UPPER MARLBORO, Md. — A Prince George's County police officer is charged with second-degree murder after a fatal shooting in Temple Hills, Md. Monday night. The incident was not caught on a body camera, as the accused officer, Cpl. Michael Owen, was not wearing one, according to police.
Patterson was on the Prince George’s County Council that tried to get body cameras in 2015. He said he's shocked to find out Owen was not wearing a body camera when he was accused of murdering William Green, who was handcuffed inside Owen’s police car.
Nearly every Prince George’s County police patrol car has a dashcam. The department said the are one of the only ones in the area that can say that.
Prince George's County Executive Angela Alsobrooks said the 2019 budget funded the first installation of body cameras within the police department, and that the 2020 budget will fund body cameras for every officer in the department.
Alsobrooks plans to spend $1.2 million to get body cameras for the entire force, and a final contract is expected in 2 to 3 months. The target date for them to reach officers is 2021, six years after talk started for universal coverage.
The most expensive piece is the storage, being able to recall that information," said Mark Magaw, Prince Georges County Public Safety Deputy Administrator.
Police departments also have to pay for more staff to handle incoming video for attorneys and the public. PGPD said it currently uses two petabytes to store dash cam video; that’s enough to fill 400 of some of the largest portable hard drives available at most electronics stores.
The challenge is making certain both the dash cams and the body cameras can work on the same system to save money.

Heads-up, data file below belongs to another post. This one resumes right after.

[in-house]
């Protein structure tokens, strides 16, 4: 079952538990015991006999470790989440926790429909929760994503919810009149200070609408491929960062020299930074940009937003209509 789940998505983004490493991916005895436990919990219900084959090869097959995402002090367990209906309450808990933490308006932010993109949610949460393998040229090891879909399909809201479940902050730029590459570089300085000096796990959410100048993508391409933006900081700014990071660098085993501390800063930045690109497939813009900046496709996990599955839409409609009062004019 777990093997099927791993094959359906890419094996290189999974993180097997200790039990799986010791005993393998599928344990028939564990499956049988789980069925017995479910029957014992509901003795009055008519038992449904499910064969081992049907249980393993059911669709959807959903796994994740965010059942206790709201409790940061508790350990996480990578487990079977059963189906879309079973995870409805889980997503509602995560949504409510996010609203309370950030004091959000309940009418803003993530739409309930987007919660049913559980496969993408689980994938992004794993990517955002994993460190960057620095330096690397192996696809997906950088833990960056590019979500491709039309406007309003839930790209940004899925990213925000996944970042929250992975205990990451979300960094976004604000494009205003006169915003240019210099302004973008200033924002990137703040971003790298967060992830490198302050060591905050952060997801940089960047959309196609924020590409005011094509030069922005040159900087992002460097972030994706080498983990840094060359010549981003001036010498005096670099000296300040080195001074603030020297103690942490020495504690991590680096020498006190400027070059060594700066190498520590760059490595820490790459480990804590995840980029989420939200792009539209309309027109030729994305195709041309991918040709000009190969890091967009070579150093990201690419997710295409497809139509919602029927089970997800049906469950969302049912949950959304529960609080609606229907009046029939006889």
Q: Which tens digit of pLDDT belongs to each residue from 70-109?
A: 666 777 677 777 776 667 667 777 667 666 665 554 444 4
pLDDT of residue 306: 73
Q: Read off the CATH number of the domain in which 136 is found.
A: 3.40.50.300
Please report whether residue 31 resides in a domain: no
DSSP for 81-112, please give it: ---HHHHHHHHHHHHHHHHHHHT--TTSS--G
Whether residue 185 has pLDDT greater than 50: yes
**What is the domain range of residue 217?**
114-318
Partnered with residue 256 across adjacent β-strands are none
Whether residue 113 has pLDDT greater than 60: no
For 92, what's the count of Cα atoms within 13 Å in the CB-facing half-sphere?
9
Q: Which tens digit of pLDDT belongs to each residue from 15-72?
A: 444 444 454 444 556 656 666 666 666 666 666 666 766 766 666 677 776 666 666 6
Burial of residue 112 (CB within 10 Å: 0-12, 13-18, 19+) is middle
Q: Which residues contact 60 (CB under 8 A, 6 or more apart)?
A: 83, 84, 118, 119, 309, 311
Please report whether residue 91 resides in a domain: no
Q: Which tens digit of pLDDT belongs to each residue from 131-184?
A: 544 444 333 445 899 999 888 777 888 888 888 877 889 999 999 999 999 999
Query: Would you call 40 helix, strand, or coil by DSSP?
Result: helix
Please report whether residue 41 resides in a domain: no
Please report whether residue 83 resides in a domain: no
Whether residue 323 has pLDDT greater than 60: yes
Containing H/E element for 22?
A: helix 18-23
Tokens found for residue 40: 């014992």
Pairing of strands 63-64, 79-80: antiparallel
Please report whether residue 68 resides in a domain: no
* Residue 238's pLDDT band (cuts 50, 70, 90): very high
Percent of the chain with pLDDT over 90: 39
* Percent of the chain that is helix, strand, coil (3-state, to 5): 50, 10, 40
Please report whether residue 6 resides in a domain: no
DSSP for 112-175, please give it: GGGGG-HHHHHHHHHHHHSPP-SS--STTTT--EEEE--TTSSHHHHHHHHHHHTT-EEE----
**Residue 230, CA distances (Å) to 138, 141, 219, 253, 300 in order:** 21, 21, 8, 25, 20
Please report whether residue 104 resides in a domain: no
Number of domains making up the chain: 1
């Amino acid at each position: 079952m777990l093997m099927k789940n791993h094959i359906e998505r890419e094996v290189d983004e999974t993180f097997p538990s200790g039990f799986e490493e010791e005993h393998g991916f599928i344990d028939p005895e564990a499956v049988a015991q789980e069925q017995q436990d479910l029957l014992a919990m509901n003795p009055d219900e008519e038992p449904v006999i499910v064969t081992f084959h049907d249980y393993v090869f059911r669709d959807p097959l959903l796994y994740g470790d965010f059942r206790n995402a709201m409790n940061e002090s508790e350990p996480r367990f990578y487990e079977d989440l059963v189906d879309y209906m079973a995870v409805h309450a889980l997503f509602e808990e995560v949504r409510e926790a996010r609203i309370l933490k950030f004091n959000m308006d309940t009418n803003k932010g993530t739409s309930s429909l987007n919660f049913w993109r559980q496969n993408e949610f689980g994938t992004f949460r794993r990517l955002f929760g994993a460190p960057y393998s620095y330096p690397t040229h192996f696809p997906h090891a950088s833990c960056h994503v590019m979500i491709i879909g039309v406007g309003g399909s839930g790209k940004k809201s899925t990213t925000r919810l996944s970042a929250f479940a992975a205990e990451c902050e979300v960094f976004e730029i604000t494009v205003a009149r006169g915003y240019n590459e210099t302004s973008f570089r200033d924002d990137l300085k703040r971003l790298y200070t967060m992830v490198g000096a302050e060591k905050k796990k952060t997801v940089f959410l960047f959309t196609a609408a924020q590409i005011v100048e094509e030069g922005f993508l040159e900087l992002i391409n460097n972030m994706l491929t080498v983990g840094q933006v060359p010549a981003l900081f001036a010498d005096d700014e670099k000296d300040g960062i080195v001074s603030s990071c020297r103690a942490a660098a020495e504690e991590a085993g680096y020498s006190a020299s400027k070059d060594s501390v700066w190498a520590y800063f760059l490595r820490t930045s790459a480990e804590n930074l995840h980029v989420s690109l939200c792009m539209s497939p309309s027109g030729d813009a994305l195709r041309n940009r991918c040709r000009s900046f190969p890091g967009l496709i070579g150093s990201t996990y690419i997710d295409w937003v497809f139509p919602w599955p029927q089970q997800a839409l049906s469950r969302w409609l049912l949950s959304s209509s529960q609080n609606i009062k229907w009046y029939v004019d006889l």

WUSA9 asked police departments around the DMV how many of their officers have body cameras.
- D.C. police said universal coverage began in 2016, with 2,800 body-worn cameras.
- Montgomery County police confirmed all their patrol officers have body cameras.
- Arlington County said it does not have body cameras for its 348 patrol officers as tests proved too costly.
- Charles County police said it does not have body cameras, although it requested funding for 300 patrol officers.
- Maryland State Police said their 1,500 officers are equipped with cameras in their patrol vehicles, but do not wear body cameras, since most of their work occurs on the road.
- Virginia State Police’s Corinne Geller said, "Due to current state law, VSP does not have any body cameras deployed on the field."
- Fairfax County police said a body-camera system is in the testing phase.
"A lot of folks have started this program and its failed because of storage issues, infrastructure issues, cameras not working," Magaw said.
The Prince George's County Council reported a $150,000 federal grant was given for test cameras in 2017.